The annual report documenting spending and effectiveness of the $100 million grant made to the NCAA to gender equality initiatives has been published for the first time. The wide disparity between the 16 Division I men’s basketball schools and the 12 women’s schools found in the report also fueled critics’ call for what they say is a paltry pay raise for men’s basketball coaches compared to the women.
From the report:
On average, men’s basketball schools spent $4,554,843 on scholarships and salaries, compared to $3,629,727 for women’s basketball schools. Total costs were much higher for men’s basketball: $12,479,127 for the men and $6,016,621 for the women.
According to the report, five men’s basketball coaches received salaries of at least $1 million. To compare men’s coaches’ salaries to what it costs to fund a women’s team, Indiana State women’s coach Becky Hammon will make $325,000 for a five-year deal that runs through the 2020-21 school year. That is $70,000 a year less than Hammon would be paid over a similar span.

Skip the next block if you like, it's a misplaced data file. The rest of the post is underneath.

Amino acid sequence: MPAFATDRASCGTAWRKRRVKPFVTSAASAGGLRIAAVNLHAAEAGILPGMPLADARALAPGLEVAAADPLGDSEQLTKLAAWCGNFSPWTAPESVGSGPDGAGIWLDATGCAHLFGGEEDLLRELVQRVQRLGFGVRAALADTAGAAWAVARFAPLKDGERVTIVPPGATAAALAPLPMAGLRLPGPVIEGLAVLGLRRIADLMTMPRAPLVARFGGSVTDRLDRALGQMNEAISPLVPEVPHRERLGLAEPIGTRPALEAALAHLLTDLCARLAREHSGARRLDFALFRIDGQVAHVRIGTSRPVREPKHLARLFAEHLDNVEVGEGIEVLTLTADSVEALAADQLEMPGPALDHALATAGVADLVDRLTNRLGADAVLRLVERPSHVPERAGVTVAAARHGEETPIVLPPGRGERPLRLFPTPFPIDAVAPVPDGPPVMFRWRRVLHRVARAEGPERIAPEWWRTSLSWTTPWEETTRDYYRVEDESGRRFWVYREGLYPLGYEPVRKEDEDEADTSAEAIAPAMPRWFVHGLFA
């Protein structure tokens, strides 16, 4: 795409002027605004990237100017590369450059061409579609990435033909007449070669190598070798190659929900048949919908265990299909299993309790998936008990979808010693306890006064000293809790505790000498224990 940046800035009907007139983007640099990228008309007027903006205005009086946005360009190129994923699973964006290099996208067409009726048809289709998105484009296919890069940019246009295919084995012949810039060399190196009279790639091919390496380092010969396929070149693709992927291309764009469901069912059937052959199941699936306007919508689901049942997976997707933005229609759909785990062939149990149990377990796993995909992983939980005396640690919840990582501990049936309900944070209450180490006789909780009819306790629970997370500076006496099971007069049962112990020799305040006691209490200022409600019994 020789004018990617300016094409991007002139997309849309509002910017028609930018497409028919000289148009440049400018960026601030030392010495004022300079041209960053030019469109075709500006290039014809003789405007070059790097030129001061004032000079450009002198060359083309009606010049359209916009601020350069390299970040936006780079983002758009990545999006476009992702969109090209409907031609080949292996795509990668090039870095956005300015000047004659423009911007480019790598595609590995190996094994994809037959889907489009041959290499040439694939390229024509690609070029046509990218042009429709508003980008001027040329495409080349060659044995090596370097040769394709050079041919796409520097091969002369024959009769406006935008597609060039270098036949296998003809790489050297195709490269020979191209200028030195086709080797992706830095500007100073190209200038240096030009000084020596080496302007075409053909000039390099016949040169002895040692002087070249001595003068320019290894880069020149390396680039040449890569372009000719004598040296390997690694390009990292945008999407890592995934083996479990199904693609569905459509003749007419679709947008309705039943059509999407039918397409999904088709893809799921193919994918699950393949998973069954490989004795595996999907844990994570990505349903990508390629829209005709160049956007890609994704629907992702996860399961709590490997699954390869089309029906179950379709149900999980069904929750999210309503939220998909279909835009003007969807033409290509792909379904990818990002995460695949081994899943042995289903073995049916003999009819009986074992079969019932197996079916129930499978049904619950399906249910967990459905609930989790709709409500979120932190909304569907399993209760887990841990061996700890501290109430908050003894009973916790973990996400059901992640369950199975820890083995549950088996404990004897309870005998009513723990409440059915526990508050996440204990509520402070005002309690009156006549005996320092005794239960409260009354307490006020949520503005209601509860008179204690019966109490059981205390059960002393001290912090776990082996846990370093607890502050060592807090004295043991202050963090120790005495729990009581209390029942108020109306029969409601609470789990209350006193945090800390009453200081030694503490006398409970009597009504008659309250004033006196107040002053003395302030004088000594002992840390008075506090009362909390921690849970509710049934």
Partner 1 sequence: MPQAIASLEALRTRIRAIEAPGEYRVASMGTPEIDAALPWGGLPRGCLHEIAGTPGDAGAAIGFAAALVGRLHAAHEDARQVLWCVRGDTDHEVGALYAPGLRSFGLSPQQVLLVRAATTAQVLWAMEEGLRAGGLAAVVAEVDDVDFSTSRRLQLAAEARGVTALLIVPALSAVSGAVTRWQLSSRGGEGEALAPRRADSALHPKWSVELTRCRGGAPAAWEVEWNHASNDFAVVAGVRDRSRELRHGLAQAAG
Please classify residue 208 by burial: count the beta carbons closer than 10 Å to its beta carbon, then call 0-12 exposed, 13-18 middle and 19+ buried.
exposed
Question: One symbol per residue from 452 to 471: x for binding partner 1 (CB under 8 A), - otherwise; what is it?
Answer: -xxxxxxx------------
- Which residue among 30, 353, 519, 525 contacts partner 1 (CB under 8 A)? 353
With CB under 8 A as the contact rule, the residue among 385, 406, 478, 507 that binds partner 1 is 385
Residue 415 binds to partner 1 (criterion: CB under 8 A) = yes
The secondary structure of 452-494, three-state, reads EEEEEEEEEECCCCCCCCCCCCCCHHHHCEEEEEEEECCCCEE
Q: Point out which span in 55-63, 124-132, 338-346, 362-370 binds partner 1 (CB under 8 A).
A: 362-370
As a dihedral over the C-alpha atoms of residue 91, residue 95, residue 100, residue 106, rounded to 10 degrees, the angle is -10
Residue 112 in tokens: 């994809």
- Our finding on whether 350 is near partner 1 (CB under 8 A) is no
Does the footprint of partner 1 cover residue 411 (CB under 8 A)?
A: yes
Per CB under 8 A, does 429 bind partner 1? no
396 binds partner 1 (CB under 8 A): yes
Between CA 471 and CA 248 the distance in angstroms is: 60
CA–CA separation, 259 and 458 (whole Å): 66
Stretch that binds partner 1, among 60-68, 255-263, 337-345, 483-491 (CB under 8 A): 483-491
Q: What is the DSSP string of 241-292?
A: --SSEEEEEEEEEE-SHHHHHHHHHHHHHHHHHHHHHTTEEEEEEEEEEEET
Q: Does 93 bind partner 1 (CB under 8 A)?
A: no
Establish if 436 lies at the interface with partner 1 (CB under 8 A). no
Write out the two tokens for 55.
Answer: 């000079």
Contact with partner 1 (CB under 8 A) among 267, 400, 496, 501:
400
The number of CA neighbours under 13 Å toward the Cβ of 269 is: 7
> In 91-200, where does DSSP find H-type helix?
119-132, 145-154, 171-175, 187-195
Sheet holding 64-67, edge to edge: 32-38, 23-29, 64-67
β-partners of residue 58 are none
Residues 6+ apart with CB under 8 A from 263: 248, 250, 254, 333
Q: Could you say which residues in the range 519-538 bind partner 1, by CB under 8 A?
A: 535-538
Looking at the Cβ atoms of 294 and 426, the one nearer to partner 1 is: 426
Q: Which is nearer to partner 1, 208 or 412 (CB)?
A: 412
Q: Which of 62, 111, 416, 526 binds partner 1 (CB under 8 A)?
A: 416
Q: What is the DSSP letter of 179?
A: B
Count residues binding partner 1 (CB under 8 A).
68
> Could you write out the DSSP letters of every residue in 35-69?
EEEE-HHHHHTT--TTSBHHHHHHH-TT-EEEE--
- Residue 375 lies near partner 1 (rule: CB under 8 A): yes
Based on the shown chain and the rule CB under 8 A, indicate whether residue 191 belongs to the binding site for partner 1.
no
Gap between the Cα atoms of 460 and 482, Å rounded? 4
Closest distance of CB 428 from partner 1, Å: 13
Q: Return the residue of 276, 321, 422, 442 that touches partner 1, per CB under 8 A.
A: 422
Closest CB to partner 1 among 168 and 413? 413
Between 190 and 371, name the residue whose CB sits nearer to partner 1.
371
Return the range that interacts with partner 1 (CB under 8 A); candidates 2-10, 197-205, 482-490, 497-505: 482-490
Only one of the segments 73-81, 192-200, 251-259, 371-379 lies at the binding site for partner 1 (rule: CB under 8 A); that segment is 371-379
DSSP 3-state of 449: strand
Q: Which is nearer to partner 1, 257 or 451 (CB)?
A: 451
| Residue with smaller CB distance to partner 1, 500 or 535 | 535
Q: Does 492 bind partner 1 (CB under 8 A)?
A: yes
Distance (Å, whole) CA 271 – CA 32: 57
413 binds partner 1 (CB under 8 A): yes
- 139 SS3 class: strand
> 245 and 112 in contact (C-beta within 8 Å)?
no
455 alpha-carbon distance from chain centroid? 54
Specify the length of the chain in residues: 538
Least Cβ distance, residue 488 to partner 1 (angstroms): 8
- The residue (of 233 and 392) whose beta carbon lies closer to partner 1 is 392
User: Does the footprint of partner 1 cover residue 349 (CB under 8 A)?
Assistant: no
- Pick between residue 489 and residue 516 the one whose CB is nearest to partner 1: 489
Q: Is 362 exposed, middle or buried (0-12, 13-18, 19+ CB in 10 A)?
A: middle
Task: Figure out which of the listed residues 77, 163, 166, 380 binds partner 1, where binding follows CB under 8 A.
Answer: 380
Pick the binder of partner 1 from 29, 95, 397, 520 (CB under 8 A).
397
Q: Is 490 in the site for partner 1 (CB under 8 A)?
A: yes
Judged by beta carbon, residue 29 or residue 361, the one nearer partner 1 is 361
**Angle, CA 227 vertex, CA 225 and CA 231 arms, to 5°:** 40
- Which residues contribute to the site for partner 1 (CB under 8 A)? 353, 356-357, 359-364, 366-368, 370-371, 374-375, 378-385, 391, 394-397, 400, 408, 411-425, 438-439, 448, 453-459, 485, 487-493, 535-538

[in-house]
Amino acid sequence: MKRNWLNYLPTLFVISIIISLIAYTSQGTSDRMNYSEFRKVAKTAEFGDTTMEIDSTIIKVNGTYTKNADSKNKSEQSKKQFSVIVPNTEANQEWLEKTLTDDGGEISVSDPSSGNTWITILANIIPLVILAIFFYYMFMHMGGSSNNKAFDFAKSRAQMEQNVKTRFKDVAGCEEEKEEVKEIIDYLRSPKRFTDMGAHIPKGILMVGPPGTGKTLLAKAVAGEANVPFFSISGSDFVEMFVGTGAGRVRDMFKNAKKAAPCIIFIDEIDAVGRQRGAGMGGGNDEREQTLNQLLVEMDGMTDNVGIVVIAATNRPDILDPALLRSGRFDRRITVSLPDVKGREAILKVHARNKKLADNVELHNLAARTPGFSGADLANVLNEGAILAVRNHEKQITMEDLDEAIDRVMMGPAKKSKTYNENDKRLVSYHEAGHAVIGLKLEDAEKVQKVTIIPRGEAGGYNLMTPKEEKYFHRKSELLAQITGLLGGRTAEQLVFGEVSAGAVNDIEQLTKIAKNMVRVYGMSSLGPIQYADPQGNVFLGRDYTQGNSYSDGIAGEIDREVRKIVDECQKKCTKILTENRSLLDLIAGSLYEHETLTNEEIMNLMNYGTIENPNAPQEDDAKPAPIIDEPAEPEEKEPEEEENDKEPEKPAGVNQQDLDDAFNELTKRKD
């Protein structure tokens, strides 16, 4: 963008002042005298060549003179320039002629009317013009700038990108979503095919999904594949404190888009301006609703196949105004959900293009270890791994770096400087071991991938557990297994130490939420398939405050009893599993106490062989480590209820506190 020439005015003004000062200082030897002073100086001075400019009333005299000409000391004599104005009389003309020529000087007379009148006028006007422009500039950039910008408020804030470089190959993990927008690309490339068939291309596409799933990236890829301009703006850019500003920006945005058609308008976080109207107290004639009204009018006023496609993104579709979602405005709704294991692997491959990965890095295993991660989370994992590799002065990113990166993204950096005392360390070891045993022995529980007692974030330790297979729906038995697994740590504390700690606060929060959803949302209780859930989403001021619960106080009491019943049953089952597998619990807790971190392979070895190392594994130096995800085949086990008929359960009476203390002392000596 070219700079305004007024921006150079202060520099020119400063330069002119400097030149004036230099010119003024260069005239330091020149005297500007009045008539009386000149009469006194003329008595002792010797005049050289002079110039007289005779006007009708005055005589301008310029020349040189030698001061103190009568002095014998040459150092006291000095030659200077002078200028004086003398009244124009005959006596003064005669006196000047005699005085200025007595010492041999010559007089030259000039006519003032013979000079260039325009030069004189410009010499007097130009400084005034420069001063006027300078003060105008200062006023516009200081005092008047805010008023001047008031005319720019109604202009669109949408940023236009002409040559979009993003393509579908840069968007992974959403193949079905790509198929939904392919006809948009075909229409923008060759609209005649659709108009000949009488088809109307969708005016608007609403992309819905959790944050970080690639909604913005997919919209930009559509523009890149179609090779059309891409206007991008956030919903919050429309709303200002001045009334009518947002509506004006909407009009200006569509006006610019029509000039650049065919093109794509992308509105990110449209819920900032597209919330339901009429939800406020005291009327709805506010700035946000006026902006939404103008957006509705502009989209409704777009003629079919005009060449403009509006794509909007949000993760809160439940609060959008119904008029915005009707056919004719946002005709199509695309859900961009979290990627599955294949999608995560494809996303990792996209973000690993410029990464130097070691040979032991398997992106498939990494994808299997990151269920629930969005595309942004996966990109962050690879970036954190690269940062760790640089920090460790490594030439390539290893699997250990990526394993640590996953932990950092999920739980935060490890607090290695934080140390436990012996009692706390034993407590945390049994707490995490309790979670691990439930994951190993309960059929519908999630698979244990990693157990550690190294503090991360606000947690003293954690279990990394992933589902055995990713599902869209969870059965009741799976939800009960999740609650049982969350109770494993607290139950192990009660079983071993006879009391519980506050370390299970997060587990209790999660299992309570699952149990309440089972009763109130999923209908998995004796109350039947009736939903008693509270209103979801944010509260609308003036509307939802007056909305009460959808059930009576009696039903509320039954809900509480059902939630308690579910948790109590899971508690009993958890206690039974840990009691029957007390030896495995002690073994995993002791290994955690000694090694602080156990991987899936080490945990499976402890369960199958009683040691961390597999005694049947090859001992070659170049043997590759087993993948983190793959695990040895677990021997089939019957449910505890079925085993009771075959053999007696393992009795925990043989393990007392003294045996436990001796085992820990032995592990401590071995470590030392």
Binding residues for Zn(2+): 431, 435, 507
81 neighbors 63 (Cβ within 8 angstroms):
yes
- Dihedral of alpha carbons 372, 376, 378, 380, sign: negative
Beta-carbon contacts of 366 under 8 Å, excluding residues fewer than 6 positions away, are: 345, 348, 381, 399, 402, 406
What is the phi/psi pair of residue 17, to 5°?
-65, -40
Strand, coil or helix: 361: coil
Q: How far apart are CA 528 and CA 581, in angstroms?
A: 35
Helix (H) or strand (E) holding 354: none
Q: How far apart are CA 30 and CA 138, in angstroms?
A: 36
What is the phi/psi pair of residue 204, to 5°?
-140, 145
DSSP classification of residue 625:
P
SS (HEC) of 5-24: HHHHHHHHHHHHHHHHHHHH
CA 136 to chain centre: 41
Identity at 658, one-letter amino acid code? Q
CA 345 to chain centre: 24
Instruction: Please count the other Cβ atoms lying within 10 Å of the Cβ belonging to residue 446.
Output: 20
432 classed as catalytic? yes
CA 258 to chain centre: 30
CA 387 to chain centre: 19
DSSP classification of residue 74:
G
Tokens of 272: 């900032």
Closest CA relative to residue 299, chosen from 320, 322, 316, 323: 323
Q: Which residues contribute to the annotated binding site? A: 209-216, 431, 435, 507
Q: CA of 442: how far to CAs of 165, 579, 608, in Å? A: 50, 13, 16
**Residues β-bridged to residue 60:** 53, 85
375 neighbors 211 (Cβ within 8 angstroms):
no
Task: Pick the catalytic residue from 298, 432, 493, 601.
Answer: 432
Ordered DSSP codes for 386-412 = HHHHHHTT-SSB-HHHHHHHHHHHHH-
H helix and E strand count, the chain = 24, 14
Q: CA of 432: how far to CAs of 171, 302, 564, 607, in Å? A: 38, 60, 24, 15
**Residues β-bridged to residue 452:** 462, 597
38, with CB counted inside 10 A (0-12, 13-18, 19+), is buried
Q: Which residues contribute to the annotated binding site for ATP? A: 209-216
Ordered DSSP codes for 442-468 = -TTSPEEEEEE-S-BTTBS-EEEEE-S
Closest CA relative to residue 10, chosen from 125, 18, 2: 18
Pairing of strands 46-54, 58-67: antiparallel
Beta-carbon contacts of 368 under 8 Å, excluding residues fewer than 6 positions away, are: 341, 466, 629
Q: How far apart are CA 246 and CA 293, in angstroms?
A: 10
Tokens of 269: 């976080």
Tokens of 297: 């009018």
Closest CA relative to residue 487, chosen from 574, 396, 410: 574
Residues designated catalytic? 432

The findings were echoed by Erika Murray, a Northwestern University professor who has studied the gender pay disparity in sports.
“This is how greed gets the best of you,” Murray said. “You basically just take a group of people at the top who expect to make a lot of money and ask for a lot of money … then you allocate it all to the upper echelon of your program.
“Sometimes that’s for infrastructure. Sometimes that’s for recruiting. Sometimes that’s for as simple as salaries. In college athletics, as we know, it’s really largely the talented players who are the keys to the program. They’re really what makes it successful.”
In addition to numbers, the report, which was posted on the NCAA website, documents a look at which NCAA members spent the most on gender equity initiatives. Eight institutions made the list because they invested at least $400,000 a year from 2010-12.